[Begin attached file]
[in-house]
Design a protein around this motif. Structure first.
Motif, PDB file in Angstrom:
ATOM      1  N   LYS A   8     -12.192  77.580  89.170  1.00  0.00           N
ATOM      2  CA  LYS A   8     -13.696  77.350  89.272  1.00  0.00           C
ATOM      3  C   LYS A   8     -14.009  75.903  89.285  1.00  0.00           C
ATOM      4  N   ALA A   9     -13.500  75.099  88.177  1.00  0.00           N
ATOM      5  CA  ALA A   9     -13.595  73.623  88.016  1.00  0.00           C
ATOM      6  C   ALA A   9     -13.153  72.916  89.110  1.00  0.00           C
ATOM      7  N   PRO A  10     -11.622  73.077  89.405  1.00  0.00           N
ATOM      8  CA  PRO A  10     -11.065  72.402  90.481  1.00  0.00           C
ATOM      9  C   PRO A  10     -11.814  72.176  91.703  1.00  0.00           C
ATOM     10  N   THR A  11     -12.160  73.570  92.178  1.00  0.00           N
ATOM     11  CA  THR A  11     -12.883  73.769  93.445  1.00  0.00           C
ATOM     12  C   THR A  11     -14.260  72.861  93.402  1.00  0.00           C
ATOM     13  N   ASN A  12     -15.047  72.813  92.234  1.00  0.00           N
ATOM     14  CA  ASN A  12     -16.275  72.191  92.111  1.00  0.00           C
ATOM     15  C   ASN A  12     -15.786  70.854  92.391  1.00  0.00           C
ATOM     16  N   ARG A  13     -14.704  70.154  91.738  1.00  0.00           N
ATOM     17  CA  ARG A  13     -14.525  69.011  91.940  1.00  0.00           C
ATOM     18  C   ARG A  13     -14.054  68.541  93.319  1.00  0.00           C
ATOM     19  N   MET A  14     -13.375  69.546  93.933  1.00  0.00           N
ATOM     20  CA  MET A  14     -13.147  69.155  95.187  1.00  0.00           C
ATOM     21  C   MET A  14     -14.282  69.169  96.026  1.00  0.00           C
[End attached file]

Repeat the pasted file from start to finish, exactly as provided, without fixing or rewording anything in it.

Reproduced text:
[in-house]
Design a protein around this motif. Structure first.
Motif, PDB file in Angstrom:
ATOM      1  N   LYS A   8     -12.192  77.580  89.170  1.00  0.00           N
ATOM      2  CA  LYS A   8     -13.696  77.350  89.272  1.00  0.00           C
ATOM      3  C   LYS A   8     -14.009  75.903  89.285  1.00  0.00           C
ATOM      4  N   ALA A   9     -13.500  75.099  88.177  1.00  0.00           N
ATOM      5  CA  ALA A   9     -13.595  73.623  88.016  1.00  0.00           C
ATOM      6  C   ALA A   9     -13.153  72.916  89.110  1.00  0.00           C
ATOM      7  N   PRO A  10     -11.622  73.077  89.405  1.00  0.00           N
ATOM      8  CA  PRO A  10     -11.065  72.402  90.481  1.00  0.00           C
ATOM      9  C   PRO A  10     -11.814  72.176  91.703  1.00  0.00           C
ATOM     10  N   THR A  11     -12.160  73.570  92.178  1.00  0.00           N
ATOM     11  CA  THR A  11     -12.883  73.769  93.445  1.00  0.00           C
ATOM     12  C   THR A  11     -14.260  72.861  93.402  1.00  0.00           C
ATOM     13  N   ASN A  12     -15.047  72.813  92.234  1.00  0.00           N
ATOM     14  CA  ASN A  12     -16.275  72.191  92.111  1.00  0.00           C
ATOM     15  C   ASN A  12     -15.786  70.854  92.391  1.00  0.00           C
ATOM     16  N   ARG A  13     -14.704  70.154  91.738  1.00  0.00           N
ATOM     17  CA  ARG A  13     -14.525  69.011  91.940  1.00  0.00           C
ATOM     18  C   ARG A  13     -14.054  68.541  93.319  1.00  0.00           C
ATOM     19  N   MET A  14     -13.375  69.546  93.933  1.00  0.00           N
ATOM     20  CA  MET A  14     -13.147  69.155  95.187  1.00  0.00           C
ATOM     21  C   MET A  14     -14.282  69.169  96.026  1.00  0.00           C